“The court’s analysis… [underscores that] antitrust attacks on trademarks that are not well-grounded in solid economics and empiricism threaten to diminish welfare-raising investments in product quality that are incentivized by the trademark system.”
In “big IP cases that count,” the U.S. Federal Trade Commission (FTC) has had a mixed record lately, going one-for-three – good in baseball but bad in government appellate litigation. (The biggest recent FTC loss that counts, the Supreme Court’s unanimous April 2021 AMG decision (see here), did not involve IP, but had major negative implications for the FTC’s future ability to obtain monetary relief in IP-related prosecutions).
In August 2020, as explained by Eileen McDermott, the Ninth Circuit vacated a district court “finding that Qualcomm had engaged in unlawful licensing practices, and reversed a permanent, worldwide injunction against several of Qualcomm’s core business practices.” (The full Ninth Circuit subsequently denied the FTC’s request for rehearing en banc, and the FTC threw in the towel in March 2021, electing not to seek Supreme Court review).
The FTC fared better in the Fifth Circuit’s April 2021 Impax decision on pharmaceutical patent settlements involving “reverse payments” from a brand name patentee to a potential generic market entrant. (Impax was the first Court of Appeals decision regarding FTC challenges to such settlements since the Supreme Court’s 2013 holding in Actavis, holding that such settlements are subject to antitrust scrutiny). The Impax court “affirmed the Commission’s conclusions that: (1) large, unjustified reverse payments [from patentee to generic producer] are anticompetitive regardless of the strength of the underlying patent litigation, and (2) reverse payment settlements are more anticompetitive than procompetitive if a less-restrictive alternative exists, and that a less-restrictive alternative can be an agreement without a payment that results in an earlier generic entry.” (See here for a discussion of Impax).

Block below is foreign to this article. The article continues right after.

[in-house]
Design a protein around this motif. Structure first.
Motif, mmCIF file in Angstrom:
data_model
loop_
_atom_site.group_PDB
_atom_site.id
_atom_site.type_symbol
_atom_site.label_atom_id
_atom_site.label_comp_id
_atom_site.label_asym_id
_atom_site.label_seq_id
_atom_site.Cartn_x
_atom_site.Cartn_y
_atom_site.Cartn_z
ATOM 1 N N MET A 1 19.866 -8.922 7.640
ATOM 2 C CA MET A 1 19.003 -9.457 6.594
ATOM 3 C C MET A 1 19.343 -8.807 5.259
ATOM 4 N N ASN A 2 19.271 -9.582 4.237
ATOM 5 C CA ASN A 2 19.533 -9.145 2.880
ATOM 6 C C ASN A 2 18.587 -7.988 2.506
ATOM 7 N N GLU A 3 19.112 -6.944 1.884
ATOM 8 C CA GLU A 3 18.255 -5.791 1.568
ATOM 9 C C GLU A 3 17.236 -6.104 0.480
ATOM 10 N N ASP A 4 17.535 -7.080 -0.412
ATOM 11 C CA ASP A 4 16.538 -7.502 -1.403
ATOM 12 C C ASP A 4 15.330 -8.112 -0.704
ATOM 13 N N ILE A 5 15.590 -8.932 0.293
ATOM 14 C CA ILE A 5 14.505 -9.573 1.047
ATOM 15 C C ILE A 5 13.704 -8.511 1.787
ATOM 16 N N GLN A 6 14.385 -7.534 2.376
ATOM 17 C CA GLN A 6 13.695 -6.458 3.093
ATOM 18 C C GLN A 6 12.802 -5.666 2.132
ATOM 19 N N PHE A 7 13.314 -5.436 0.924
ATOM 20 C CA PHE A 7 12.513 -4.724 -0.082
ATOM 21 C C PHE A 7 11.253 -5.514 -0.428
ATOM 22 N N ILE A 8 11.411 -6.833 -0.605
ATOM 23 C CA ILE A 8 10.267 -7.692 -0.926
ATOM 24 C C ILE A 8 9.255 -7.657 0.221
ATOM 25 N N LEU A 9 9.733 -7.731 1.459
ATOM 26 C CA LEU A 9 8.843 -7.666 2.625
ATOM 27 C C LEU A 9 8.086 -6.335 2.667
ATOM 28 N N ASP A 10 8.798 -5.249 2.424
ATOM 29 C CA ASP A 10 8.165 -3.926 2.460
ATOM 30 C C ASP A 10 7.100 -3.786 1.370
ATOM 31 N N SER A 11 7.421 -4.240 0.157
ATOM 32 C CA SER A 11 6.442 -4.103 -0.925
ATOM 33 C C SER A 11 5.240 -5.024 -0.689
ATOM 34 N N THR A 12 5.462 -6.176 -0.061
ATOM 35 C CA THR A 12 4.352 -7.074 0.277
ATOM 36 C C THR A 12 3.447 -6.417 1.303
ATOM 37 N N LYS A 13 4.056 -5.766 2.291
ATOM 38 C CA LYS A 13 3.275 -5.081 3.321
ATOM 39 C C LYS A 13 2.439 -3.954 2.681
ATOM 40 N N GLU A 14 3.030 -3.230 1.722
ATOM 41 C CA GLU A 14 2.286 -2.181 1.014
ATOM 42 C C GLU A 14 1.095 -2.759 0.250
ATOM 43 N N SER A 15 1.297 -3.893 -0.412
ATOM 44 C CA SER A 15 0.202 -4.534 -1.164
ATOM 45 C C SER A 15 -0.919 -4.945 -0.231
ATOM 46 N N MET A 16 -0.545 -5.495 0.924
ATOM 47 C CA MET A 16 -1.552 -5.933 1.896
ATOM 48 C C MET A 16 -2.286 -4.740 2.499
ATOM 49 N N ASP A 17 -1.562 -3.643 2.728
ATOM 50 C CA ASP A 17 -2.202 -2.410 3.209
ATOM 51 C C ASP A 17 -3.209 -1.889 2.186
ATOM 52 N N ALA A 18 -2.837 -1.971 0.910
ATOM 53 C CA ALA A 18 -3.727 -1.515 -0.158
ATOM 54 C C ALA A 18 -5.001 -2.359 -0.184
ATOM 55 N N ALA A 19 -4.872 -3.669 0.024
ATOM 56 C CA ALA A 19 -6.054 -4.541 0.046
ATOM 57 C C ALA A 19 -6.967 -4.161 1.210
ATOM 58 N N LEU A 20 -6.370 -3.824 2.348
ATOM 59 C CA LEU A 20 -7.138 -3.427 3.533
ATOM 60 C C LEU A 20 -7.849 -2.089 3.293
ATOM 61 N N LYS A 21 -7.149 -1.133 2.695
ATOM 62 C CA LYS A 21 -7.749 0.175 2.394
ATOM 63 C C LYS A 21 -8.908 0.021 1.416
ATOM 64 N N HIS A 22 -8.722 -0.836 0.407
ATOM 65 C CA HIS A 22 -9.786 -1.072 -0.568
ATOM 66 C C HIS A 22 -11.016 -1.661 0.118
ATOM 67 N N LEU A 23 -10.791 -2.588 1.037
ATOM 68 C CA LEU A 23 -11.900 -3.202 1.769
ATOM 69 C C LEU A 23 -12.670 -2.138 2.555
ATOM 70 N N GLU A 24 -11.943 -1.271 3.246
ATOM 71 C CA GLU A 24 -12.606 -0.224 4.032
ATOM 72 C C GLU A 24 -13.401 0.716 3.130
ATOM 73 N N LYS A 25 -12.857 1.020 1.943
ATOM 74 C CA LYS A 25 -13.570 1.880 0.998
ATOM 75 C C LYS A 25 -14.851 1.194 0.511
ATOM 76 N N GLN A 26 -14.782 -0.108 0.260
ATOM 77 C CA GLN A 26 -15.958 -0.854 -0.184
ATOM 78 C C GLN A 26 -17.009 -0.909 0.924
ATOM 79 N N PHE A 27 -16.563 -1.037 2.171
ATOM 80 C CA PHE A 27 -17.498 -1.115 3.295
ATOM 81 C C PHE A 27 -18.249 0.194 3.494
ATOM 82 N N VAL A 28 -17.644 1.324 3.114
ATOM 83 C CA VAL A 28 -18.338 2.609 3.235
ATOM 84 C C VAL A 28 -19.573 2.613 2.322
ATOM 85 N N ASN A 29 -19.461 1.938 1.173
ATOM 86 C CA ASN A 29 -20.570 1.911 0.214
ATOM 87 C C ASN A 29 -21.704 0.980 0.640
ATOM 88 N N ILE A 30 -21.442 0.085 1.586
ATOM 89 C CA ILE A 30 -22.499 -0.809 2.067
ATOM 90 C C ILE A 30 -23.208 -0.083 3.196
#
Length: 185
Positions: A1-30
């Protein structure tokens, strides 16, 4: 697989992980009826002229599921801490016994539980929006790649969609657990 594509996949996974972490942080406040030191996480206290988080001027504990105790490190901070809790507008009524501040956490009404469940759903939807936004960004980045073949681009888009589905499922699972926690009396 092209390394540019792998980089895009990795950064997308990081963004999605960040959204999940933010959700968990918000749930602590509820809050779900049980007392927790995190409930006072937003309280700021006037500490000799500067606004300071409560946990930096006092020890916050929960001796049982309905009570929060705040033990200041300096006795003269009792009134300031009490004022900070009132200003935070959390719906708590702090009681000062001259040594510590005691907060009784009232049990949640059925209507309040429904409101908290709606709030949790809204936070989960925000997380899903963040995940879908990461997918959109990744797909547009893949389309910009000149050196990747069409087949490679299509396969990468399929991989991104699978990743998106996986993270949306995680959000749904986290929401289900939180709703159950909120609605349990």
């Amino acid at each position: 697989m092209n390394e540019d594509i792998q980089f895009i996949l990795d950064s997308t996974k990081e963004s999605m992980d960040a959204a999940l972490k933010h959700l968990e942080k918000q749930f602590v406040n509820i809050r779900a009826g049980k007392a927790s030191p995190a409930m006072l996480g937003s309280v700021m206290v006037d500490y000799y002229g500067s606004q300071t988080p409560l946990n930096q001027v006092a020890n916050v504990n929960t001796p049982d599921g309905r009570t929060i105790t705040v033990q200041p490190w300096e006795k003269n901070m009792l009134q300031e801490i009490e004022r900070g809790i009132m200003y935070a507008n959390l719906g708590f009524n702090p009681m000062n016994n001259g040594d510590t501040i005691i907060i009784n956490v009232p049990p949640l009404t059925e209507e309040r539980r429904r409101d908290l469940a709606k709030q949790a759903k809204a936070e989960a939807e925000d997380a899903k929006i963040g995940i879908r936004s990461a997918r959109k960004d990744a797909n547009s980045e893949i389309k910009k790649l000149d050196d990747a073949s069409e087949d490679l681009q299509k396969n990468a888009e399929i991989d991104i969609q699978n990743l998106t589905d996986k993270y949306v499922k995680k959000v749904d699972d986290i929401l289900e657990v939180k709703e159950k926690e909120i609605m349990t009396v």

Most recently, on June 14, 2021, the Second Circuit rejected the FTC’s holding that 1-800 Contacts, Inc. (hereinafter “1-800”), the leading online seller of contacts lenses, violated the antitrust laws by entering into trademark infringement settlements with other online sellers. The settlements had restricted the terms under which the parties could “bid” on trademarked terms in online search engine auctions. This commentary focuses on the holding and implications of 1-800 Contacts.
The Second Circuit’s Decision
The Second Circuit’s per curiam opinion in 1-800 Contacts is short and decisive.
The facts as stated by the court are straightforward: